On Friday night, Jews around the world will sit down to celebrate the start of Passover, a weeklong holiday commemorating the deliverance of the Israelites from slavery in Egypt, as recounted in the Bible in the book of Exodus.

Passover is marked in a variety of ways in the Jewish community, including with a seder. A seder, which means “order” in Hebrew, is a ritual feast that proceeds in a specific order and  includes eating certain foods, reading, sharing stories and singing.

As Passover begins, Rabbi Barry H. Block of the Congregation B’nai Israel in Little Rock, Arkansas, shares a reflection on the intersections of our struggles for equality.


The Torah, also known as the Five Books of Moses and Judaism’s foundational scripture, repeats one commandment 36 times: “Remember the heart of the stranger, for you were strangers in the Land of Egypt.”

If we did not know it already, the mass shooting at the Tree of Life Synagogue in Pittsburgh this past October reminded us that Jews have been and often still are “strangers” -- not only in Egypt but in America, too. We identify with all who are deprived of rights, liberties and love because they are regarded as less than “real” America.

Therefore, American Jews have stood with Black Americans on the front lines of the struggle for racial justice from the 19th century to this day. We stand with immigrants and refugees, recalling that many of our own people were brutally murdered after being denied entry to the “Land of the Free.”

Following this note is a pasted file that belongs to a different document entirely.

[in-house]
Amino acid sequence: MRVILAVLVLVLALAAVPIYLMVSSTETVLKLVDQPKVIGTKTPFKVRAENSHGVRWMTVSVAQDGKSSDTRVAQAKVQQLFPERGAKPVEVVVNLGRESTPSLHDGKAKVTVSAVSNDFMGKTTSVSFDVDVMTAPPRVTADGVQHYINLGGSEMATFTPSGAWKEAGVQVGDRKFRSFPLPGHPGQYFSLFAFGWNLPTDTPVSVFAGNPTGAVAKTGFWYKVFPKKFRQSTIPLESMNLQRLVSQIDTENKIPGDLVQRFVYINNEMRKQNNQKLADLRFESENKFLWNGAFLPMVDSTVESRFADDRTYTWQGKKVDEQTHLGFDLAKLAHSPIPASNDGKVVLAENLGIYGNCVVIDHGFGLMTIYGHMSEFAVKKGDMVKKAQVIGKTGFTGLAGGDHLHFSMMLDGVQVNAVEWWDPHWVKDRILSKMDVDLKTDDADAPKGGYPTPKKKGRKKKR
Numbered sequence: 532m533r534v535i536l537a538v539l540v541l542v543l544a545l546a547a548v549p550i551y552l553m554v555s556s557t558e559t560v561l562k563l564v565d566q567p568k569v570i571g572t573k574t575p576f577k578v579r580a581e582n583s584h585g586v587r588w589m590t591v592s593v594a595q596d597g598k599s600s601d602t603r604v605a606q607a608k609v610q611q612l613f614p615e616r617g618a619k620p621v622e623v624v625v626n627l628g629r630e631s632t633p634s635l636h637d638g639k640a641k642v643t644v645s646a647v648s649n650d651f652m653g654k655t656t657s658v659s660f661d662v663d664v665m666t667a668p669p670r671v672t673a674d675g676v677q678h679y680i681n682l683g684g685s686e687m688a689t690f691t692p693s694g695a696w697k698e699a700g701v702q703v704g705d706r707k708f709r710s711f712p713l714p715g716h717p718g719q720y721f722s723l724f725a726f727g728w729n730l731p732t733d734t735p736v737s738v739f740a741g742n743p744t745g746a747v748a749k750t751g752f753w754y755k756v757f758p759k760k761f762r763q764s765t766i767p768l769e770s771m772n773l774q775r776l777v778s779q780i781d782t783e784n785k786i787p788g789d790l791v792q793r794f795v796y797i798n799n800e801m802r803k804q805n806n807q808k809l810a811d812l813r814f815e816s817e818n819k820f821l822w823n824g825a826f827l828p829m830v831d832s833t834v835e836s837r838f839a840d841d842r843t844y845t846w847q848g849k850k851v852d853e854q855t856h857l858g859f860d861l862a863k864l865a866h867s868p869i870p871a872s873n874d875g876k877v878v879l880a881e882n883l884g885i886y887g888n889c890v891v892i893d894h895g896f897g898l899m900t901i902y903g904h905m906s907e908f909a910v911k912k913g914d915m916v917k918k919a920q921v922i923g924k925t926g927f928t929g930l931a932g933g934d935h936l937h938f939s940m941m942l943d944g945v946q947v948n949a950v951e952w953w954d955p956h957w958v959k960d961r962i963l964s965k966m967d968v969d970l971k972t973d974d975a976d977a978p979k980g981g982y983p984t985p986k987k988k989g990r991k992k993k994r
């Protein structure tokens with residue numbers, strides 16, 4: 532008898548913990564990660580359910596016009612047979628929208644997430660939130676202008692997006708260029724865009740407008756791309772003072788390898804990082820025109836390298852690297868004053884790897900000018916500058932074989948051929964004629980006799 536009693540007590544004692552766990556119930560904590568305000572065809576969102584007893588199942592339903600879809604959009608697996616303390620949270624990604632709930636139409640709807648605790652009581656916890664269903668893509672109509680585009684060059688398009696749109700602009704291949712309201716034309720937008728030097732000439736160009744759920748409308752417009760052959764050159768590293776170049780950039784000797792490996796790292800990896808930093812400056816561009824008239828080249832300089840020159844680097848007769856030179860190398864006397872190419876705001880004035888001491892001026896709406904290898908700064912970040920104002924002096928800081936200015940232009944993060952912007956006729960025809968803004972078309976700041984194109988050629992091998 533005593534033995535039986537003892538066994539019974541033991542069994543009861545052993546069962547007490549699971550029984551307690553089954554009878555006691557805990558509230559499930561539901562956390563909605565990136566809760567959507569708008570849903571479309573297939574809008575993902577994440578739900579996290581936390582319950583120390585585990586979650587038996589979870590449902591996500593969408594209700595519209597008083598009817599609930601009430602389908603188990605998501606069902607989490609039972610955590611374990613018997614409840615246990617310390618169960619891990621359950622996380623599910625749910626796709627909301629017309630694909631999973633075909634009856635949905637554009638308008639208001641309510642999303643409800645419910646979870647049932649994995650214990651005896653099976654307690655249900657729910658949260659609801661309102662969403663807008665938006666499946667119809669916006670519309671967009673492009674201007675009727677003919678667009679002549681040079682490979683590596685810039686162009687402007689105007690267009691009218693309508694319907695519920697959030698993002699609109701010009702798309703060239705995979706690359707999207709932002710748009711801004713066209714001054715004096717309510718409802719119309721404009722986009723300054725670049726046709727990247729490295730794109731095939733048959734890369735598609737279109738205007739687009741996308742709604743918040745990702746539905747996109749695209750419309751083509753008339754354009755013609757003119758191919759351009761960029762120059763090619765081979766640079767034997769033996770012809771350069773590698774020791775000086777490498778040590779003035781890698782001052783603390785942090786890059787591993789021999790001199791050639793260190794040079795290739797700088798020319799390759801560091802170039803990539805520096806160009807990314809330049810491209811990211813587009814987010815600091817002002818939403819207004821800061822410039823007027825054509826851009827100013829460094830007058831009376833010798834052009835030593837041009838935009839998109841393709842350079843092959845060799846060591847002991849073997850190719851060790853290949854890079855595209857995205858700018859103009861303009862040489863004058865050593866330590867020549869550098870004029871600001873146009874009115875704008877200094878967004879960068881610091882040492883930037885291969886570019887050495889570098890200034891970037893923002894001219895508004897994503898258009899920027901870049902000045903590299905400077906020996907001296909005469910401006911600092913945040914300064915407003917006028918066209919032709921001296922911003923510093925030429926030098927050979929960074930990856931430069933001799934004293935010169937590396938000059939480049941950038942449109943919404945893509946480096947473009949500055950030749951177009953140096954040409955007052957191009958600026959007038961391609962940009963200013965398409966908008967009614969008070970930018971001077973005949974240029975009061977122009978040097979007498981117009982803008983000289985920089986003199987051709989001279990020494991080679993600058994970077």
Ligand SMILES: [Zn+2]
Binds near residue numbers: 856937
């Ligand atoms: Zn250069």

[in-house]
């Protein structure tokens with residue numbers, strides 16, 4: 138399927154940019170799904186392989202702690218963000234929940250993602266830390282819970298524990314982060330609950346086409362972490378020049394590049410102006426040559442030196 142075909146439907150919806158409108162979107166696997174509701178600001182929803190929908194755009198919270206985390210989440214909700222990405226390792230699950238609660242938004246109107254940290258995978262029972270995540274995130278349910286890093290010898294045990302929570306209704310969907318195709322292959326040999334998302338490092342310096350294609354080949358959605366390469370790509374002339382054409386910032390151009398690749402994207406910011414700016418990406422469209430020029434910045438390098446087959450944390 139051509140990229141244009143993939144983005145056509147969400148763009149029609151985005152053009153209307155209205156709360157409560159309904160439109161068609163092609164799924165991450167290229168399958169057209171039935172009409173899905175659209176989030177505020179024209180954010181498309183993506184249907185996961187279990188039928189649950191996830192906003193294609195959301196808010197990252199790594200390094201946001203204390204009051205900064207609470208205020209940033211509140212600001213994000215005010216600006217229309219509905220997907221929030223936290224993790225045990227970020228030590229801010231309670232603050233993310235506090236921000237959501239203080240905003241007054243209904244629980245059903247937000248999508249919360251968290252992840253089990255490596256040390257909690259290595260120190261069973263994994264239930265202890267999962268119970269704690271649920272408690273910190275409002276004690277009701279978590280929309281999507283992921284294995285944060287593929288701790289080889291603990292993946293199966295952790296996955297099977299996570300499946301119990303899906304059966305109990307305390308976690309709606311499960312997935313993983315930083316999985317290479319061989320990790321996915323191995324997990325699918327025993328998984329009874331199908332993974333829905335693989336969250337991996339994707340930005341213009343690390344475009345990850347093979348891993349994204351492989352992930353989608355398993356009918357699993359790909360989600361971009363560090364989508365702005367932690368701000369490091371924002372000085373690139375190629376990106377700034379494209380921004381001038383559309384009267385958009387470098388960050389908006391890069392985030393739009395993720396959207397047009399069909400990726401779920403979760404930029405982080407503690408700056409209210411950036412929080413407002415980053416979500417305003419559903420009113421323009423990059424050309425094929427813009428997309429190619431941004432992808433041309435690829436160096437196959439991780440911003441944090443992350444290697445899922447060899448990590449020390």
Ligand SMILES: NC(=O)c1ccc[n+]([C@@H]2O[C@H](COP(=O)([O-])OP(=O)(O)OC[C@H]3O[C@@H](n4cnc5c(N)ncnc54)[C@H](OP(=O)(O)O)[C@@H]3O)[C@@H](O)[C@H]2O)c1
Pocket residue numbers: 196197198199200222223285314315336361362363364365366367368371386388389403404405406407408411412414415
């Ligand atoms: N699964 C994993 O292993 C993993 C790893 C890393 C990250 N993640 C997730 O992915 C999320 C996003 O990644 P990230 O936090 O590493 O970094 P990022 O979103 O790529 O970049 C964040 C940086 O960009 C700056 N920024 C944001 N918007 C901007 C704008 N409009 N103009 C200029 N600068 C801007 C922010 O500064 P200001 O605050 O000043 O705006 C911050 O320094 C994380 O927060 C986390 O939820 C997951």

We have also pioneered LGBTQ+ rights among religious Americans. Reform Judaism, the branch of our faith to which Congregation B’nai Israel and I belong, started with tolerance, moved to acceptance and ultimately to celebration of the LGBTQ+ folks that are among us.

Our diverse congregations are often led by LGBTQ+ rabbis and congregational presidents, who live their truths out loud and proud. We live by non-discrimination policies in our own congregations and organizations, and we fight discrimination everywhere it is found. We are always seeking to learn new ways we can fully embrace all who would pass through our portals.

These days, a disproportionate percentage of those seeking conversion to Judaism are LGBTQ+ folks who, sadly, have felt rejected and unloved elsewhere. In our congregations, LGBTQ+ seekers find an embracing welcome at the temple, and all hear a message of God’s love.

When Jews sit down to our Passover tables on April 19, we shall recite an ancient injunction: “All should see themselves as though they personally had gone free from Egypt.”

Exodus did not merely happen once in the past to bring freedom to all any more than the Civil War or the Little Rock Nine ended racism. As important as Windsor and Obergefell were, they did not end hatred, violence or discrimination toward LGBTQ+ Americans.

My prayer this Passover is that my LGBTQ+ siblings of every faith and those with none none may find inspiration in the Exodus, faithfully affirming that the sea will part one day and we will all reach the Promised Land where we may all cry out in joy together.


This project and other public education work with faith leaders in HRC's Project One America states and HRC's Religion and Faith Program is made possible in part by the generous support of the E. Rhodes and Leona B. Carpenter Foundation.


Filed under: Religion & Faith, Community

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